Goa's touristy appeal is popular the world over - its beaches, cuisine, the slow pace of life, the unique architecture...all these combine to create a most enjoyable experience and not far behind, are its everyday sunset stories...
Almost everyone you ask about Goa will mostly give the same response…“beaches”, “churches”,“hills”, and “fields”. These are Goa’s best scenes and are not without their favored escort – the setting sun mixing in some silhouette drama.
Even for someone who is a native of the place, like all other locals here, I also find these scenes quite commonplace and sometimes bordering on the boring, but its quite another thing when these so-called “cliche” Goa themes are accompanied by silhouettes created by the setting sun.
Take for example the sunset on Cansaulim Beach in the south of Goa. Cansaulim is a typical village by the Arabian Sea and has one of the few beaches around here, relatively free of the big star resorts and other commercial developments that dot most of Goa. This has allowed for the existing topography to remain fairly intact, with views to the beach and sea framed in-between its coconut trees and sand dunes. To capture the sunset in this ambiance is something like a game of hide-and-seek! And the sun will tease you with that famous line…“catch me if you can” and if you do, I guarantee that it will make for a most beautiful postcard from this part of the world.
Another such memorable experience will be at Old Goa, which is UNESCO’s World Heritage Site here. Old Goa is a name synonymous with the arrival of the Portuguese and those monumental churches and convents that they built when they first reached Goa. Once you time your arrival here to be around half past five in the evening, you must walk up the sloping road to the ruins of the Church of St. Augustine. In the glory days of Old Goa, this Church of St.Augustine is said to have been the biggest church in the whole of Goa and very recently, some relics were unearthed here, that are rumored to belong to St. Keteven, Queen of Georgia who died from torture at the hands of Shah Abbas I of Iran for refusing to change her faith.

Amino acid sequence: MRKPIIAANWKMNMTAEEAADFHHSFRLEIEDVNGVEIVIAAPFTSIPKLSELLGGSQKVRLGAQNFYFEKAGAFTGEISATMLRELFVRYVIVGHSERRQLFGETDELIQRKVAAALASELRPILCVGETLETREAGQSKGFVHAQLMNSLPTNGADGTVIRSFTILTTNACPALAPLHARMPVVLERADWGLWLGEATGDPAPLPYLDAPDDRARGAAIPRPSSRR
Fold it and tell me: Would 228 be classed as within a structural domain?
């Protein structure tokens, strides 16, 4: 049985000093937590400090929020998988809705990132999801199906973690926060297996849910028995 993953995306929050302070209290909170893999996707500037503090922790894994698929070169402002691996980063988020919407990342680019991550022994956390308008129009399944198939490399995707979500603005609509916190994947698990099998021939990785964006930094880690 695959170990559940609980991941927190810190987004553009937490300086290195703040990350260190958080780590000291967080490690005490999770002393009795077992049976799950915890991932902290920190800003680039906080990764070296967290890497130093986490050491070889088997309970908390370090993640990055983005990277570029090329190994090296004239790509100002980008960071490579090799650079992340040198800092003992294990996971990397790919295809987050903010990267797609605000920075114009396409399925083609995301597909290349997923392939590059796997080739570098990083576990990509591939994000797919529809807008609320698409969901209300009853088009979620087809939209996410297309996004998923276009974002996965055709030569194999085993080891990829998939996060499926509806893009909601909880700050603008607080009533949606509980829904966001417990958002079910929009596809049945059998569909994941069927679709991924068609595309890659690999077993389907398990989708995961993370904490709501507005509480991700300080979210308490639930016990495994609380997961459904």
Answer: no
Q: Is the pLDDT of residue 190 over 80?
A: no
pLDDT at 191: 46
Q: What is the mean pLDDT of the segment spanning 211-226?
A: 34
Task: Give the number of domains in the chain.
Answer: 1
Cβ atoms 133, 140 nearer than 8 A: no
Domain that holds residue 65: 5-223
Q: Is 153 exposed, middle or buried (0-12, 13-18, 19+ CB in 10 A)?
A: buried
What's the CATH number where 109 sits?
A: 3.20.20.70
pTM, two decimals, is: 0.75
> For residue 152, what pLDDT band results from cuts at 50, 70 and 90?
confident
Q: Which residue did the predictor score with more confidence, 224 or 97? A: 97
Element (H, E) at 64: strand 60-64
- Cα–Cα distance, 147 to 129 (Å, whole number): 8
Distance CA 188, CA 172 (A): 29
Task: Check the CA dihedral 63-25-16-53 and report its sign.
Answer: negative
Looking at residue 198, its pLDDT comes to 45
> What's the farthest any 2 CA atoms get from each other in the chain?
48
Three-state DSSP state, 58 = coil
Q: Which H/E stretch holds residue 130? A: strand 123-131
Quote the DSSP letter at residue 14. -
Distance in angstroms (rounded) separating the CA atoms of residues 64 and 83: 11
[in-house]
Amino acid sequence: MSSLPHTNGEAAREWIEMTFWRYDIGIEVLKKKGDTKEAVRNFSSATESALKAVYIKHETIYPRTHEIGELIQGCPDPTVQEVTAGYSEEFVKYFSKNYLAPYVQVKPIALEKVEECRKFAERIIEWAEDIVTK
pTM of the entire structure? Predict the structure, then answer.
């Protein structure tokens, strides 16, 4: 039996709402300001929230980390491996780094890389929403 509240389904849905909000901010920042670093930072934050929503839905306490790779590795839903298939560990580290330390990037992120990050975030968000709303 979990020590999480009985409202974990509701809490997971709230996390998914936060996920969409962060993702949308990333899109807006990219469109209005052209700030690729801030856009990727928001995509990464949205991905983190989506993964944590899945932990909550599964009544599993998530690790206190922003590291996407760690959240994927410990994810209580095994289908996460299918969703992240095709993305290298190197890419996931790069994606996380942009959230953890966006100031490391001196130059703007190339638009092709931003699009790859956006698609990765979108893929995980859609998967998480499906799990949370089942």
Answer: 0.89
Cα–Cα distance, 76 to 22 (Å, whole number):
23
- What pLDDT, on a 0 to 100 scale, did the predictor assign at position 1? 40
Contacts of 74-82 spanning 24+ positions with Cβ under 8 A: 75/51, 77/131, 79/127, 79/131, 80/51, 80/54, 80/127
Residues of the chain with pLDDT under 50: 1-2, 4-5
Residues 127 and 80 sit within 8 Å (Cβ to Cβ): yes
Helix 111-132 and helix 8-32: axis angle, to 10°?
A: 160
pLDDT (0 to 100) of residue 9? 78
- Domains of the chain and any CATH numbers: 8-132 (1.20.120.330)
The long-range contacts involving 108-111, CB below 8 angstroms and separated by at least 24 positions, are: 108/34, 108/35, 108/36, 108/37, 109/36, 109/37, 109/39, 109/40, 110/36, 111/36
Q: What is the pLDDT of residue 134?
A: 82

What remains of this magnificent Church is only a part of the original belfry, still standing tall at a height of 46 meters and it is this tower in ruins that will give you the best sunset drama. Observe this belfry as you come up the road and enjoy its changing moods from being calm in the clear evening light to its almost foreboding imagery in the twilight.
A brisk walk from here and a similar sight awaits you at the forecourt of the Church of St.Francis of Assisi, next to the Se Cathedral, where an aged cross, set on an even older laterite stone pedestal, seems to domineer and almost force a reverence from all those who come close in the fast approaching sunset.
And last, but certainly not the least, of these sunset delights that must be had, is the ever popular scene of the setting sun over the hills in Goa. A popular place is the Carambolim Lake, near Old Goa, that is a bird watcher’s paradise, also doubling as a sunset spotting point from its banks, looking towards the hills surrounding it.
To photograph the sun setting behind those hills, with the lake in the foreground, and the sky turning its color is a treasure, one that will keep you happy for a long, long time. And of course…its not rocket science to figure out that you must always carry your camera when setting out to explore these and Goa’s other sunset stories…
Yes, we all know the “numero uno” of those 10 golden rules, ”take your camera everywhere you go". My choice without any hesitation would be the Sprocket Rocket and the pretty La Sardina.